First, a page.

How One Program is Helping Female Farmers in Rwanda Become Self-Sufficient

3114560.large“You can’t even compare the opportunities as an individual to those of being in a group,” said graduate Donata Nukabayiza. “It is very difficult as an individual farmer to get subsidies or even resources like fertilizer. But there is power in a group. It is much easier because the land is consolidated, and you can obtain advice, agricultural services or loans. You can organize and develop a business plan as a group or cooperative.” Farmer Field Schools make agricultural education practical and easy. They focus on participants’ own observations, discussions and practical field exercises. Courses are tailored by agricultural zone, ecosystem, rainfall and length of crop season. Weekly sessions then help participants make informed decisions on things like pest control and how to manage their crops throughout the season. This particular program is run by the Imbaraga Federation, a local farmers’ non-governmental organization, with financial and technical support from UN Women/One UN in Rwanda and funding from the Governments of Korea, Spain and Norway. Poor and vulnerable farmers were selected in two districts (Nyaruguru and Kirehe), of all ages and educational levels. Ninety percent are women. Non-members also take part in weekly course discussions, increasing overall community awareness.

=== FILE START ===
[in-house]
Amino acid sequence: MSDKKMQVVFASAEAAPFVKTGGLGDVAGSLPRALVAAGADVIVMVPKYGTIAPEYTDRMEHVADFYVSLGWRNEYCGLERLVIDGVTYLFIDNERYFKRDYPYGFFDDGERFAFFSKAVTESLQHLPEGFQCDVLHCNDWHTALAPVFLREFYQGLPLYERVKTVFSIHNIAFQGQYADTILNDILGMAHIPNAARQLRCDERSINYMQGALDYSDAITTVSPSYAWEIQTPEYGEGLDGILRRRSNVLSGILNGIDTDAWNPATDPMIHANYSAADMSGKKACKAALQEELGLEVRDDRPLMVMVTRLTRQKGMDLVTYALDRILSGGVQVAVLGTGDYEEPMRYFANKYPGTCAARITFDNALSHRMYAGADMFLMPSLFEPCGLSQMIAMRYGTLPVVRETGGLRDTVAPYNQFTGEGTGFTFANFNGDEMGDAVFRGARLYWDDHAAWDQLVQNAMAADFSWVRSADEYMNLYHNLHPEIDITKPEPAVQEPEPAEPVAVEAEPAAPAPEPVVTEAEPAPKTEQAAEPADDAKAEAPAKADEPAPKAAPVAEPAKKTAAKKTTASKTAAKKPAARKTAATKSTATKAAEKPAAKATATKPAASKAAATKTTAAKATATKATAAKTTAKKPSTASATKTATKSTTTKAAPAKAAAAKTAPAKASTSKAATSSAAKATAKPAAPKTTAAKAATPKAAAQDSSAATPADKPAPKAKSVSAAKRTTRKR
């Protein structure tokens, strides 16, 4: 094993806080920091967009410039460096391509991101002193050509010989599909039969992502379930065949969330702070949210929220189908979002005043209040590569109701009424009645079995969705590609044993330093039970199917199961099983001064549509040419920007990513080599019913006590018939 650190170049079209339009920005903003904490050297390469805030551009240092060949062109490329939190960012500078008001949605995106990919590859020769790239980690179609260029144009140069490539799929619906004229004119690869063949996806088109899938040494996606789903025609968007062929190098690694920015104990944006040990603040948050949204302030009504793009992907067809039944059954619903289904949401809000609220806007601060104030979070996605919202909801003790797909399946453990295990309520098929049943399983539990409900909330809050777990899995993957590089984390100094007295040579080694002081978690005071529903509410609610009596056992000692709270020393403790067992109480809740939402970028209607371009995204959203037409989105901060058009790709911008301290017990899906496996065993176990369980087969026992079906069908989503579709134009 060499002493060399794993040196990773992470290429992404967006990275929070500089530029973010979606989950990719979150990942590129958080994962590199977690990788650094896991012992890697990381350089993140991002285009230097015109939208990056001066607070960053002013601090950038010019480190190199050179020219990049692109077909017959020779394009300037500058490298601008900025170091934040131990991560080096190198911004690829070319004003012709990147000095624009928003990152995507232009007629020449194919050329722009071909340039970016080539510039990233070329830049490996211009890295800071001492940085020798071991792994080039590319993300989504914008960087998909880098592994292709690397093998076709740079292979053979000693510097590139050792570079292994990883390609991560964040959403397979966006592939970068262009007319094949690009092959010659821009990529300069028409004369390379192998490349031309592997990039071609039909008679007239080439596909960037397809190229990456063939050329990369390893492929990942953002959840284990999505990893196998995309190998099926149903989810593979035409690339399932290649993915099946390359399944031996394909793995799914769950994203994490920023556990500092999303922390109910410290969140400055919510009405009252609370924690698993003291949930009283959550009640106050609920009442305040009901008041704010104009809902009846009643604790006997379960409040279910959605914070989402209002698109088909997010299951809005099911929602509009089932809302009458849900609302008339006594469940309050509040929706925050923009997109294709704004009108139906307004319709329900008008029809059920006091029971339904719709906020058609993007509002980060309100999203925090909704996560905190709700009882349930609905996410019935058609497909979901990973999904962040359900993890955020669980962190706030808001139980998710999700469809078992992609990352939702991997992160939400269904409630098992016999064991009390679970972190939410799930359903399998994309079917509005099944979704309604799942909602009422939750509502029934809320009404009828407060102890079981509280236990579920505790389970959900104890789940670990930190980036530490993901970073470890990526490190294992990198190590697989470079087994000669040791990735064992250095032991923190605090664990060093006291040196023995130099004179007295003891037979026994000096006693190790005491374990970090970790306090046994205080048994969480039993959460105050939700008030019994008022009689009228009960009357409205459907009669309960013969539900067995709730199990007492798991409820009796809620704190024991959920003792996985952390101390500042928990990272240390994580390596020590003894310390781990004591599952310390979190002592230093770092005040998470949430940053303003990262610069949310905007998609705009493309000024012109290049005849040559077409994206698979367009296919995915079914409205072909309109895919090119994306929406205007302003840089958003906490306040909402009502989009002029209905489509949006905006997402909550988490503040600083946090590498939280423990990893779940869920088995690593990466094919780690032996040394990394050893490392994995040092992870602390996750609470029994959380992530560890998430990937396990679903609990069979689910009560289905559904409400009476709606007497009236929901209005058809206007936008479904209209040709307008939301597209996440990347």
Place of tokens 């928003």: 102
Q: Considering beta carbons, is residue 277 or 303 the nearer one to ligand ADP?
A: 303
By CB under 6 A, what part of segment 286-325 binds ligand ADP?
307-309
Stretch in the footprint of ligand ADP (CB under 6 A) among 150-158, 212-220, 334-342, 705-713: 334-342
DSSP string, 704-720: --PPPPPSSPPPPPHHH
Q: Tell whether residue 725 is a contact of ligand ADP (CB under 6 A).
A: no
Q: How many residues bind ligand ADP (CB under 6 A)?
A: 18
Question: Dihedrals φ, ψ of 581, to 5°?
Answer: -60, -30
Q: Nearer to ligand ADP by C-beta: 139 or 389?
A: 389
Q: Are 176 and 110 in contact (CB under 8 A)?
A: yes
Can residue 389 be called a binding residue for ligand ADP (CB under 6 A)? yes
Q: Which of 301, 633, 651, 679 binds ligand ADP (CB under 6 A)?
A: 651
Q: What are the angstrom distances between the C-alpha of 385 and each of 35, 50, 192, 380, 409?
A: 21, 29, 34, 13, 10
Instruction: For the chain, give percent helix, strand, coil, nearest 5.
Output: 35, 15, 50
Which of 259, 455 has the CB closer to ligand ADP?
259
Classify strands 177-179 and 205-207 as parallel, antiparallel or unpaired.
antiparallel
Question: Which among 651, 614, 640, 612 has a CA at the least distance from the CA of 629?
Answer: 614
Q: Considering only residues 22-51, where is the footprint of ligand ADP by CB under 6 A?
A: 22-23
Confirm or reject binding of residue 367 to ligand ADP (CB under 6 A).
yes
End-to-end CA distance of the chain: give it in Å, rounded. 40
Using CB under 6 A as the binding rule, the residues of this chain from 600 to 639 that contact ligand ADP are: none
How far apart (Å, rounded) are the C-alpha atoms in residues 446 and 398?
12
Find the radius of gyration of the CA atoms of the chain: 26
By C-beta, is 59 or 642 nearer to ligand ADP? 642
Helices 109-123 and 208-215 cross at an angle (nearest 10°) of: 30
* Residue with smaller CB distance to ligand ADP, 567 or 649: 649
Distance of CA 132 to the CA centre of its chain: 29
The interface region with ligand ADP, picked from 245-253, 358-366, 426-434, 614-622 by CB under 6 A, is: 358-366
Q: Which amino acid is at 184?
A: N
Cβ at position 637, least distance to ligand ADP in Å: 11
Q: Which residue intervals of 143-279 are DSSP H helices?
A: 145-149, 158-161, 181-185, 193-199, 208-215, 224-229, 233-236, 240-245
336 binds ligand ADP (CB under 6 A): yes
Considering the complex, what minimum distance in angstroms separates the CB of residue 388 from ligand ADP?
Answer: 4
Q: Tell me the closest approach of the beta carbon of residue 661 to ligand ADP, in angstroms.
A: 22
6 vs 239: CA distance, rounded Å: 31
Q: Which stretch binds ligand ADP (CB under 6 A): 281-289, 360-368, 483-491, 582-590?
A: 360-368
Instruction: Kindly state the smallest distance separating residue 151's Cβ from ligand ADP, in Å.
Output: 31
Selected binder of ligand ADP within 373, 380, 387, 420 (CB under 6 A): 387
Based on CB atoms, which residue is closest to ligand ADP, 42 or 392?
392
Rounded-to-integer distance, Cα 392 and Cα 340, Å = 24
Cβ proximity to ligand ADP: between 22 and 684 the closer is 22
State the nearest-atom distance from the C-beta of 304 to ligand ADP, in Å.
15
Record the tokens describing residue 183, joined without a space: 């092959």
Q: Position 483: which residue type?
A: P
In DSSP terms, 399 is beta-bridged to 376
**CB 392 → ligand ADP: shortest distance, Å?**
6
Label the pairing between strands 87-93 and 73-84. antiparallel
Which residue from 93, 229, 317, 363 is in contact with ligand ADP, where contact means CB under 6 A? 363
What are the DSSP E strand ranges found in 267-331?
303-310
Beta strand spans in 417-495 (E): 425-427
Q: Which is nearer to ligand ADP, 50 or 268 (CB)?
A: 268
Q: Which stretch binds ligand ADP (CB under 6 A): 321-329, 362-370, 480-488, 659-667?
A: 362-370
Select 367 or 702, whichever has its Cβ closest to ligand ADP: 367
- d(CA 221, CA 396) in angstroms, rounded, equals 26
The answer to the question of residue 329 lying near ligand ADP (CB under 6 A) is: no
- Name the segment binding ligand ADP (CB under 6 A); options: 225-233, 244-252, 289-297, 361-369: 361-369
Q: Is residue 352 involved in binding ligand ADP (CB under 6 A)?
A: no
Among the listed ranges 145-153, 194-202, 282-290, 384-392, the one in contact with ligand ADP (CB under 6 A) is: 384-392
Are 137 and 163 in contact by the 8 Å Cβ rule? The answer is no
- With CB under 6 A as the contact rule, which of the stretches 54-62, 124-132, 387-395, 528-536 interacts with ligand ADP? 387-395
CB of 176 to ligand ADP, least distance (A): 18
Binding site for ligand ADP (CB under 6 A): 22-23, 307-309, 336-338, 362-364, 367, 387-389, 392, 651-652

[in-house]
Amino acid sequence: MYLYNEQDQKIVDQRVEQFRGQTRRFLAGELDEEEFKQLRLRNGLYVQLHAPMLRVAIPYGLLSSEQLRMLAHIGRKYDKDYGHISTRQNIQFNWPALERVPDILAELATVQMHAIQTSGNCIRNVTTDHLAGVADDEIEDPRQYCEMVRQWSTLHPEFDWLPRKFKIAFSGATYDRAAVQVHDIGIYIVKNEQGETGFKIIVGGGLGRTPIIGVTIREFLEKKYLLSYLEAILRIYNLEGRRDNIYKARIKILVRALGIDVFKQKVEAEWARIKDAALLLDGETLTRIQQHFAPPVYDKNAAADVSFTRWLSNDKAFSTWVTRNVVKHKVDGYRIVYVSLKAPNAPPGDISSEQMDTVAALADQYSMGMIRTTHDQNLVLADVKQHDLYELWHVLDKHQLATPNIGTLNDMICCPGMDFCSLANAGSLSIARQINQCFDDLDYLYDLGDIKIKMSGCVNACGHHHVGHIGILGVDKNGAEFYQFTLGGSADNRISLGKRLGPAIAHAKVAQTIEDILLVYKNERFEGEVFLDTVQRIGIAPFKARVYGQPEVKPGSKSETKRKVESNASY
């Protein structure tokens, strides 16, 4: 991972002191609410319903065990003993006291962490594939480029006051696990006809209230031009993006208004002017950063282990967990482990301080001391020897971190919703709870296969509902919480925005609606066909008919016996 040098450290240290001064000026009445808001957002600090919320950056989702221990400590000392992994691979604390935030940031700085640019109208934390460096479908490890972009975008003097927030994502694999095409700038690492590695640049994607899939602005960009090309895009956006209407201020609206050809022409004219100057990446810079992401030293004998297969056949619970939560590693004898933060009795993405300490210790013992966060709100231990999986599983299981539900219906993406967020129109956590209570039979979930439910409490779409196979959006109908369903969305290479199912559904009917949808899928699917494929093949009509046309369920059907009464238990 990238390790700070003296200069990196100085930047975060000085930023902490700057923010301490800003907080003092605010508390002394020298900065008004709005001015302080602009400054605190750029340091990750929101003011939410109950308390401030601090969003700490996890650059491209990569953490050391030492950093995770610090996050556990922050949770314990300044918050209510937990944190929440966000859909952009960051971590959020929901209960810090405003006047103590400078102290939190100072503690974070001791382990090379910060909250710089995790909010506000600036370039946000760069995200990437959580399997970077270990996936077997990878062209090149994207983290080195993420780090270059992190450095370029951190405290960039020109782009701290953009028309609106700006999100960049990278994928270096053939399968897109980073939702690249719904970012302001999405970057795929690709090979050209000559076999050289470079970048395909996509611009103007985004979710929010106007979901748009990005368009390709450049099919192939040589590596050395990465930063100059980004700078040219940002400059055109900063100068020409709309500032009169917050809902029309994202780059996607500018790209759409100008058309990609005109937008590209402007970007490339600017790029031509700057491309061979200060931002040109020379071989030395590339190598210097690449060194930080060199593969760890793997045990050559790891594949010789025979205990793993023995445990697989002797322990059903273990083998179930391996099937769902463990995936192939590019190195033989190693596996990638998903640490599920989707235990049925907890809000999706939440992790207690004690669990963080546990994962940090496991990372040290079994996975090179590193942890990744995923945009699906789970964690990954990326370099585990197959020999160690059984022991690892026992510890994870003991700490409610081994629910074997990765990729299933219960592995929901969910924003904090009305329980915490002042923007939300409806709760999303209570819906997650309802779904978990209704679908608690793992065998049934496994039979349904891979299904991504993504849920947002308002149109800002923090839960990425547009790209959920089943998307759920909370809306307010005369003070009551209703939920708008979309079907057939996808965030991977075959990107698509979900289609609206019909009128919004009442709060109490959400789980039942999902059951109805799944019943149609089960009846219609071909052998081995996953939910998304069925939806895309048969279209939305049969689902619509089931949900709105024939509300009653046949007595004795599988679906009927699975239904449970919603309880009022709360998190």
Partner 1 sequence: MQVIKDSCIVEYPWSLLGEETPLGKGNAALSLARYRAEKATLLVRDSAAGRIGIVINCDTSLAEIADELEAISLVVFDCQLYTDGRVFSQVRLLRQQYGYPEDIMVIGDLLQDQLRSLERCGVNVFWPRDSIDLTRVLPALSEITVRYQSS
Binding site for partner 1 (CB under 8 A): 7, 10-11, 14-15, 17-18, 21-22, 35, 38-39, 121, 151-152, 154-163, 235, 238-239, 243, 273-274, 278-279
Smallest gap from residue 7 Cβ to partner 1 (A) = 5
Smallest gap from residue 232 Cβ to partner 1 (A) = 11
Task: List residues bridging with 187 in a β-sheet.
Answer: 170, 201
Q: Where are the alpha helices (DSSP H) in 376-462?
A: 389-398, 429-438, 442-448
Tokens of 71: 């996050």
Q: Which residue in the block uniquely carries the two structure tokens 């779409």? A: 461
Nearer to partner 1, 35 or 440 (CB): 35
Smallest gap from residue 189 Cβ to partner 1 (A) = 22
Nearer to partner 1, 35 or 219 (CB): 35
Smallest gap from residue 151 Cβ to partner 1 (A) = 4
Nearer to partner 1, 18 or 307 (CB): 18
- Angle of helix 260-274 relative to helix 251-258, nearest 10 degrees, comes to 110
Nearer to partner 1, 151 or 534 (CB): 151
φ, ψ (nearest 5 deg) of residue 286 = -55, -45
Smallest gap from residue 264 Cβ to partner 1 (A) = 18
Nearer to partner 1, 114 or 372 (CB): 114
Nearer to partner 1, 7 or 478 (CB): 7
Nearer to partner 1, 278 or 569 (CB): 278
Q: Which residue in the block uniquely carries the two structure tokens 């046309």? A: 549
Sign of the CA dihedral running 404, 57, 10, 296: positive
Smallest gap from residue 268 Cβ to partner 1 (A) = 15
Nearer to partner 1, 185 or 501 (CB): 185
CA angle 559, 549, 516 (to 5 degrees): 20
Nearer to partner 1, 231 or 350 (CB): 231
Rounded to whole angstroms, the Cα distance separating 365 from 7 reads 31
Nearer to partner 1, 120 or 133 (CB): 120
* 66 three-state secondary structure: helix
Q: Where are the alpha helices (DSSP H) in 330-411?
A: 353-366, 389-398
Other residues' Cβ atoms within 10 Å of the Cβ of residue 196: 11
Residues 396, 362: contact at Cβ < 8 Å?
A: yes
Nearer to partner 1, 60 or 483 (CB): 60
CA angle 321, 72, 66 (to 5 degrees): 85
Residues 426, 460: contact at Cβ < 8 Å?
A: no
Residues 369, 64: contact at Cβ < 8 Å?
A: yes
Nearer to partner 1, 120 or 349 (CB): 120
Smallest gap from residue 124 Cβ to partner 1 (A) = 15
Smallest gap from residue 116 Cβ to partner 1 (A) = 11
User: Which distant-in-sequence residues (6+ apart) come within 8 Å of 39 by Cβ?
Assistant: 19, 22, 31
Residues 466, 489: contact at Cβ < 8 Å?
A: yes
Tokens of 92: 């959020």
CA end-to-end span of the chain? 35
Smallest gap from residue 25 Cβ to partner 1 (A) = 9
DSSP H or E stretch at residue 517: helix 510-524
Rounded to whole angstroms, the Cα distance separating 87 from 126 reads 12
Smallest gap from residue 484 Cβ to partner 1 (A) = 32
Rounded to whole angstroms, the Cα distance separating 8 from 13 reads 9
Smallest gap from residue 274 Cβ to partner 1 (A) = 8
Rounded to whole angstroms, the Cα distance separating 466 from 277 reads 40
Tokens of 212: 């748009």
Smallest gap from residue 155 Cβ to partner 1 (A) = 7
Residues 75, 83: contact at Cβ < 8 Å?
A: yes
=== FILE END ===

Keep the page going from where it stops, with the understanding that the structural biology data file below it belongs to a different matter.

The schools also provide entrepreneurship training and teach important business and financial skills. Each group pooled savings to create a credit scheme. With funds ranging from RWF 470,000-650,000 (USD 690.00-954.00), members can borrow loans from the group fund, with low interest rates of around 2 percent. Initially, the women received little support from their male family members. However, when the men in their families saw the knowledge and skills that the women were gaining, they became more supportive. Some husbands even made contributions to the group savings fund. Several women report that since they joined the Farmer Field Schools, agricultural productivity has increased and access to health care has improved, as members can subscribe collectively to health care for themselves and their families. Increased nutritional knowledge and skills from trainings have also benefited families. “I bought a mattress and health insurance for my family and paid my children’s school fees with my loan,” said Christine Karuyumbu. Transforming themselves into cooperatives has drastically changed their way of working — the 14 existing Farmer Field School groups are now more business-oriented, leading to a wealth of other opportunities. As a result of entrepreneurship training, one group plans to start potato seed production for retail. Another group will buy a pig for each member of the fund, to promote small livestock-keeping. At the graduation ceremony, some small children gurgle happily in the background, a reminder that many women here balance equal workloads as mothers and farmers. Due to a lack of infrastructure and services, rural women spend more time on household work than their urban counterparts. Several of the women graduates say that they were able to attend because classes were only one half-day per week – gender-sensitive scheduling that allowed them to meet their multiple domestic responsibilities. “We will celebrate our certificates more tonight,” says Amelie, flashing a shy smile. And after graduation? “We will keep saving to lend among ourselves, to become professional farmers, and to multiply the good,” she says, with her colleagues vowing to continue the ripple effect of rural women’s empowerment in their communities. * Source Women. This project is supported through core funding to UN Women, the One UN team in Rwanda, and project funding from the Governments of Korea, Spain and Norway.  ]]>

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